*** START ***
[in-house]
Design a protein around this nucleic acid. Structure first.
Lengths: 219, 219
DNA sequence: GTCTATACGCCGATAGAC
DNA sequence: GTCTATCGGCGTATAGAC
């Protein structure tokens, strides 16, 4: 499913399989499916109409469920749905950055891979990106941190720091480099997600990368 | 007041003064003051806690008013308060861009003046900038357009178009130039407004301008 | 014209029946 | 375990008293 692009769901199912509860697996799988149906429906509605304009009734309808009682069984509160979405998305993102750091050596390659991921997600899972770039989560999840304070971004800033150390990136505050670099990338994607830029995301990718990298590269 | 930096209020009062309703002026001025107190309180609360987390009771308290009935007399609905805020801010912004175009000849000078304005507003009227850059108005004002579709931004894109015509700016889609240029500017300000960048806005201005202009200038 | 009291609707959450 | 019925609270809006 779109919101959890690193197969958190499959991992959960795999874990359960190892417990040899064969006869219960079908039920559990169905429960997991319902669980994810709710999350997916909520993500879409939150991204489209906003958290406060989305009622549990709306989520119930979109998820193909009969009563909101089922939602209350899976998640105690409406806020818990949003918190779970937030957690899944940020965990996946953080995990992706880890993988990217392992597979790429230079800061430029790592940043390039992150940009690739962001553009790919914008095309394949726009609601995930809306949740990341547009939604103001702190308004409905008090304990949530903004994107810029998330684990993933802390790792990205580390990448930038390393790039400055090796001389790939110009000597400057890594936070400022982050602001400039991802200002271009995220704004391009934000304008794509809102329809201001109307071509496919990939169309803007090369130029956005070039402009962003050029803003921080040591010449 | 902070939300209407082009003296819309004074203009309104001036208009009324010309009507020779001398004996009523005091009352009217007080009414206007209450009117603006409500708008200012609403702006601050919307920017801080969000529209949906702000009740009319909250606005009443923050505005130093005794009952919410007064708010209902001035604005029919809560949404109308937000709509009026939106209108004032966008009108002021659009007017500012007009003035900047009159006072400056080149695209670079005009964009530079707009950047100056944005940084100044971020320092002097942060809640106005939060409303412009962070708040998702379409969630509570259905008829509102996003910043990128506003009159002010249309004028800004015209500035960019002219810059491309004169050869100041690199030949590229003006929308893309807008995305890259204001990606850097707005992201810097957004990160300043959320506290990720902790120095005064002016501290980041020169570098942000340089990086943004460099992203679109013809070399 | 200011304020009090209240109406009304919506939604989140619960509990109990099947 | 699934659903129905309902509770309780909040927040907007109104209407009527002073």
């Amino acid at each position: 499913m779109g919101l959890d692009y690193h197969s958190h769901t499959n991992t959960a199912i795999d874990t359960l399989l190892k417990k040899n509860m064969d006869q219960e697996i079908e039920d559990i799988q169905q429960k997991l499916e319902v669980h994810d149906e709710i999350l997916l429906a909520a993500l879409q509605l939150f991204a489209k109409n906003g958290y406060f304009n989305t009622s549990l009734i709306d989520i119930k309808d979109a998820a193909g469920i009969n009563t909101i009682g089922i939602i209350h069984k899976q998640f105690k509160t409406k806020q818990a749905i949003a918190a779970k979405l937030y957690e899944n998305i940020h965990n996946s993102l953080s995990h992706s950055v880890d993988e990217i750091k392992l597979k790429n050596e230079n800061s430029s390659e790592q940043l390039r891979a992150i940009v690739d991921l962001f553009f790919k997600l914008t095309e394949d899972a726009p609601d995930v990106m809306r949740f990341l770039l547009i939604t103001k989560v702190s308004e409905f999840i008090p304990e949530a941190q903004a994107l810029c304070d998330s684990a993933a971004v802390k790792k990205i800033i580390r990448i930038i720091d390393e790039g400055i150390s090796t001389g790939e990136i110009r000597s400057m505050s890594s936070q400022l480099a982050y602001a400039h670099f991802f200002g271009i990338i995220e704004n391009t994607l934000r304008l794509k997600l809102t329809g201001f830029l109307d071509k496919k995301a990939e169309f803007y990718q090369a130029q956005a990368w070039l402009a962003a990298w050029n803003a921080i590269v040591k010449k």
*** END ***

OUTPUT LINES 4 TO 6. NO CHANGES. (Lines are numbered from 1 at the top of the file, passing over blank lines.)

DNA sequence: GTCTATACGCCGATAGAC
DNA sequence: GTCTATCGGCGTATAGAC
């Protein structure tokens, strides 16, 4: 499913399989499916109409469920749905950055891979990106941190720091480099997600990368 | 007041003064003051806690008013308060861009003046900038357009178009130039407004301008 | 014209029946 | 375990008293 692009769901199912509860697996799988149906429906509605304009009734309808009682069984509160979405998305993102750091050596390659991921997600899972770039989560999840304070971004800033150390990136505050670099990338994607830029995301990718990298590269 | 930096209020009062309703002026001025107190309180609360987390009771308290009935007399609905805020801010912004175009000849000078304005507003009227850059108005004002579709931004894109015509700016889609240029500017300000960048806005201005202009200038 | 009291609707959450 | 019925609270809006 779109919101959890690193197969958190499959991992959960795999874990359960190892417990040899064969006869219960079908039920559990169905429960997991319902669980994810709710999350997916909520993500879409939150991204489209906003958290406060989305009622549990709306989520119930979109998820193909009969009563909101089922939602209350899976998640105690409406806020818990949003918190779970937030957690899944940020965990996946953080995990992706880890993988990217392992597979790429230079800061430029790592940043390039992150940009690739962001553009790919914008095309394949726009609601995930809306949740990341547009939604103001702190308004409905008090304990949530903004994107810029998330684990993933802390790792990205580390990448930038390393790039400055090796001389790939110009000597400057890594936070400022982050602001400039991802200002271009995220704004391009934000304008794509809102329809201001109307071509496919990939169309803007090369130029956005070039402009962003050029803003921080040591010449 | 902070939300209407082009003296819309004074203009309104001036208009009324010309009507020779001398004996009523005091009352009217007080009414206007209450009117603006409500708008200012609403702006601050919307920017801080969000529209949906702000009740009319909250606005009443923050505005130093005794009952919410007064708010209902001035604005029919809560949404109308937000709509009026939106209108004032966008009108002021659009007017500012007009003035900047009159006072400056080149695209670079005009964009530079707009950047100056944005940084100044971020320092002097942060809640106005939060409303412009962070708040998702379409969630509570259905008829509102996003910043990128506003009159002010249309004028800004015209500035960019002219810059491309004169050869100041690199030949590229003006929308893309807008995305890259204001990606850097707005992201810097957004990160300043959320506290990720902790120095005064002016501290980041020169570098942000340089990086943004460099992203679109013809070399 | 200011304020009090209240109406009304919506939604989140619960509990109990099947 | 699934659903129905309902509770309780909040927040907007109104209407009527002073």